Michelle Wildgen’s second novel traces the residents of a sustainable-food co-op through crises, adjustments, and reinventions.
A dog floats across a lake on an unhooked dock, barking and pacing. This is the uncertain, somewhat mysterious image on which Michelle Wildgen’s second novel, But Not for Long, opens. The dog initiates a small crisis in a lakefront community in Madison, Wisconsin, as neighbors emerge into the early morning to postulate to one another where the dog came from, how it got out there, and how it can be helped. The crowd has time to run through a number of grim scenarios before the dog takes the initiative and tries to swim to shore.
Not to draw too direct a line here, but the main characters in this novel are in much the same situation as the stranded dog. Hal, Greta, and Karin are co-op housemates, each in their own way adrift, a refugee from another life. Hal returned to Wisconsin after following an ill-fated relationship to Brooklyn; Karin is trying to make a clean break from a listless childhood in a trailer park and an uninspiring stint in a Womyn’s Co-op; and Greta is attempting to start over, away from her alcoholic husband. In clear, precise prose, Wildgen tracks this process of restarting, adjusting, and refreshing.
Perhaps it’s the saying, “If at first you don’t succeed, then try, try again,” that gets closest to the heart of this novel: An interrogation of the reformulations that people engage in when failures (of relationships, careers, childhoods) make their current circumstances a bust. Elaine Rothberger, a dairy farmer who shows Karin her cheese caves (which isn’t quite as weird as it sounds) for a profile in her newspaper, seems to understand what’s going down, though she’s oblivious to most of the main characters and their turmoil: “There’s a long tradition in my family of trying totally new careers now and again. My dad alone’s been through, like, five already. I don’t even know what the next one will be… we’re all still wandering around up here, frankly pretty baffled by it all.”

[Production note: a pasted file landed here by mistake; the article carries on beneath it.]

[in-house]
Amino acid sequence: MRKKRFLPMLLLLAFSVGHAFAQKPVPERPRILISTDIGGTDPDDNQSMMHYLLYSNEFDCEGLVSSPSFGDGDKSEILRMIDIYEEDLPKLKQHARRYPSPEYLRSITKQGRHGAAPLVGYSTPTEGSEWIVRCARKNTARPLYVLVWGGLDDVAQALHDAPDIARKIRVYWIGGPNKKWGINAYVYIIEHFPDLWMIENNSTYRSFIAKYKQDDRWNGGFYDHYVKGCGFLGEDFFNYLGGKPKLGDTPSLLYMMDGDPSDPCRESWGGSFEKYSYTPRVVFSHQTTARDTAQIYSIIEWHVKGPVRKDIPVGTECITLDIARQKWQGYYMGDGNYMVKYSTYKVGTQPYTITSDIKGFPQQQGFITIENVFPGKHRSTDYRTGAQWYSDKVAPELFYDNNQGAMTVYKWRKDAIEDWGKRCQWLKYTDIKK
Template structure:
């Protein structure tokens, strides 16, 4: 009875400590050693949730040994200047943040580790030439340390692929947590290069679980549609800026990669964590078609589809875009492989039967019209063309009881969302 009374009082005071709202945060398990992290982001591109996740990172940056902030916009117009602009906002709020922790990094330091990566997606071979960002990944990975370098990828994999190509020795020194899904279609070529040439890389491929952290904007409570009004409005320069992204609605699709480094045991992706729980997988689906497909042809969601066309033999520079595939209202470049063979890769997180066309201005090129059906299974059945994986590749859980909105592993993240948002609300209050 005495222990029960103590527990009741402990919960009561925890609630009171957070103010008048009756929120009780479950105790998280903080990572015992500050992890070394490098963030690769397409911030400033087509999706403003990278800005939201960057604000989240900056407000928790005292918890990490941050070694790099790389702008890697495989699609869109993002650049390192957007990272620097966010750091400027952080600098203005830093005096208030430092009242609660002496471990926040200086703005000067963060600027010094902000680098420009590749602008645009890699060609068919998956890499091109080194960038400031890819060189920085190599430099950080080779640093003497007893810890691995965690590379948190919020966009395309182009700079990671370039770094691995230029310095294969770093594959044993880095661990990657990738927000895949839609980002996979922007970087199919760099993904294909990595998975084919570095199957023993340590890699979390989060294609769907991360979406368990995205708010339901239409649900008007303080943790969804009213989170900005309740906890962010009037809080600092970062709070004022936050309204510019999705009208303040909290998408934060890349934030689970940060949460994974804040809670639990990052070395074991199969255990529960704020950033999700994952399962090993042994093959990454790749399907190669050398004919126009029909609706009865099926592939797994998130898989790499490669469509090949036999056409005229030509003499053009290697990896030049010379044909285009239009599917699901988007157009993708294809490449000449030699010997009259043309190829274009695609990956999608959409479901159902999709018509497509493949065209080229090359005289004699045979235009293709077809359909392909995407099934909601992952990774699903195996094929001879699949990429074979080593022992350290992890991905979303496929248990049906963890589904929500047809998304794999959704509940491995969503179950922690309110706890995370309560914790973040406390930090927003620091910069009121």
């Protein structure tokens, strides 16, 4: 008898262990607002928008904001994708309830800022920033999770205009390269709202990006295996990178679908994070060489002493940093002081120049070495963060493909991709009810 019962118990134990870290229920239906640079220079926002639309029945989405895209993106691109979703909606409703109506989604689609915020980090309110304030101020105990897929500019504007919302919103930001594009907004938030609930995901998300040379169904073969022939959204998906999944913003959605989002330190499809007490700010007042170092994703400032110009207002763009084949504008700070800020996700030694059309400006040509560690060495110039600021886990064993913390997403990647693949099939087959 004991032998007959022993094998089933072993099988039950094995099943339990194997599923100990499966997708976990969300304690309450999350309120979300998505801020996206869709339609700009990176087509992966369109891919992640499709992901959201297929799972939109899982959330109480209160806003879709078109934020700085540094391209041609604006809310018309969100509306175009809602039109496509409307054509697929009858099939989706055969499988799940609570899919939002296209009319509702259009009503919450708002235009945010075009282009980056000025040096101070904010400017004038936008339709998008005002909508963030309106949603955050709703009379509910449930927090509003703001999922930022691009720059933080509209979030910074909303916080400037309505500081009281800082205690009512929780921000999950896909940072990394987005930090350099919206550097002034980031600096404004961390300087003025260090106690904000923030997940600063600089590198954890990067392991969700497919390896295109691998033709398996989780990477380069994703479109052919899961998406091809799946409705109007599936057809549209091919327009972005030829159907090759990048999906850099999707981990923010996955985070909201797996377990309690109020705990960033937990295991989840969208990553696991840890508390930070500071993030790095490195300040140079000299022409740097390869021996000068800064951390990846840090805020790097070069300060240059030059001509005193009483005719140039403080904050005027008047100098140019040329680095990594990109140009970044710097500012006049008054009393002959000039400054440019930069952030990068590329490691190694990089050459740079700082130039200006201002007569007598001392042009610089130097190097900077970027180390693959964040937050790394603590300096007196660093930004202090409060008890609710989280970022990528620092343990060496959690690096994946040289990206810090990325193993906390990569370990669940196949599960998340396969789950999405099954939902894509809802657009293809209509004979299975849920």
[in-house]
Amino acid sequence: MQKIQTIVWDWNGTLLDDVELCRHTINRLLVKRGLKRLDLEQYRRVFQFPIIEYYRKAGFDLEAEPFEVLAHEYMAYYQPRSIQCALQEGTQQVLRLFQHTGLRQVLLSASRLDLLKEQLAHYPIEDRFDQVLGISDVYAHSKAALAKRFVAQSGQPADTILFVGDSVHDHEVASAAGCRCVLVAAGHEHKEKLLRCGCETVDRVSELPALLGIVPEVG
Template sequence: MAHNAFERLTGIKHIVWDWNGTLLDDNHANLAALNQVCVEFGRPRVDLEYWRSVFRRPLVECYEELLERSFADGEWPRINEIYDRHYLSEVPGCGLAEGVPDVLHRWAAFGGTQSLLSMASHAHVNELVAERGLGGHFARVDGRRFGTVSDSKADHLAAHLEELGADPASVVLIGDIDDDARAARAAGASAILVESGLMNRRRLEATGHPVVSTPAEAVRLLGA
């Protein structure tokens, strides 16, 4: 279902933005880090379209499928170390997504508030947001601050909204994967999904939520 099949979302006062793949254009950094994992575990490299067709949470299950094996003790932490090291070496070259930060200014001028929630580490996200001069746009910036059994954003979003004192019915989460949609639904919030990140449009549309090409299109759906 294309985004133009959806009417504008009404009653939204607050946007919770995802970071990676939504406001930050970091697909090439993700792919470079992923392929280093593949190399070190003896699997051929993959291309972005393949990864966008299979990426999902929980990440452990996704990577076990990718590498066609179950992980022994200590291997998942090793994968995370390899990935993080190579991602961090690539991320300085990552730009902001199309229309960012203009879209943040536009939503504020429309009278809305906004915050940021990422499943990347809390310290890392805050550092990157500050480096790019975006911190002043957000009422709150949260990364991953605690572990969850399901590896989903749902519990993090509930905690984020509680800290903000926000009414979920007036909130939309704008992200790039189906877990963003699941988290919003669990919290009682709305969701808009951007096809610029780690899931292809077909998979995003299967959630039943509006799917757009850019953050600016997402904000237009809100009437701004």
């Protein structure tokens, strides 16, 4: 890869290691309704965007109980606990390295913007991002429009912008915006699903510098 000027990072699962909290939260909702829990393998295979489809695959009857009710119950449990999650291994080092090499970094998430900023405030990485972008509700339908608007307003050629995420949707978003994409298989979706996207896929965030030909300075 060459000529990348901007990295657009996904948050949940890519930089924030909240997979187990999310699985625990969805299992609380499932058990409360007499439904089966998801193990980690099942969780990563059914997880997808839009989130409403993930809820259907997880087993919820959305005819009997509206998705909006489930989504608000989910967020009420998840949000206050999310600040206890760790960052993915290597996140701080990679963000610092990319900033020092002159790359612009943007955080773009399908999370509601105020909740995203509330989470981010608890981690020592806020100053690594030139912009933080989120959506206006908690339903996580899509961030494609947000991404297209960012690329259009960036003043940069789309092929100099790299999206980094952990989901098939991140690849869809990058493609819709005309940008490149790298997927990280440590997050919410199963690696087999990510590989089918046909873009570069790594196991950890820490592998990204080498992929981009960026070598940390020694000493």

Hal, Karin, and Greta fold themselves into the local, sustainable world to heal and grow. They are deeply involved in their community, giving talks at schools about the importance of local foods, bringing meals to the elderly, etc.—but everything beyond feels distant, the outside world glimpsed only in newspapers. A blackout across much of Wisconsin, which lasts throughout the novel, creates an apocalyptic sense, as if this small community might just be the last neighborhood out there. The distance is purposeful, or at least a by-product of the new family they’ve created; in a way, their distance from the outside world is in keeping with their food politics.
Michelle Wildgen has written food articles for publications including The New York Times, O, and Tin House, and food shapes parts of her first novel, You’re Not You. In But Not for Long, the characters live in food. The characters cook for each other, preparing meals that adhere to their food values. Hal works for a food-distribution warehouse nicknamed the Swiffies, that runs a Meals on Wheels-type mobile food pantry. Karin, who writes for a cheese-industry newspaper, leaves treats on the front porch for passing dogs. Greta, however, is the new addition to the house, the odd woman out. She has no real attachment to food and initially seems a poor fit; at a party, she asks the questions other people seem to avoid:
But I wonder what happens in thirty years. Does the co-op keep aging, does everyone stay? Do you end up with a house full of seventy-year-olds taking care of each other and sharing expenses then? Or do people just end up destitute once the cracks in the model show? Because I don’t see anyone, say, over forty-five in this room.
Here, Greta could be interrogating the state of her own marriage, in which the cracks have certainly shown. She and her husband, Will, have not made it to forty-five, and it certainly doesn’t seem they will ever be, “seventy-year-olds taking care of each other.” Will serves as a flesh-and-blood embodiment of what ails these characters, and the novel’s last chapter, told from his perspective, is one of the most immediate passages of the book. It depicts a man beginning to claw himself out of addiction, wandering the streets during the blackout to find ice, trying to contribute just a little to Greta’s new life. His story serves as a sort of marginal hope that their shared project of reinvention can be successful.
You’re Not You had a more obvious throughline than Wildgen’s new book: the in-house care of a woman with ALS binding the disparate emotional strands of the story together from the beginning. The spine of But Not for Long is not, at first, so distinct, with more characters moving in more directions. Over time though, we begin to understand where these people came from, how they got out there, and how they may be helped. It’s a more diffuse experience than the earlier book, but possibly a more affecting one.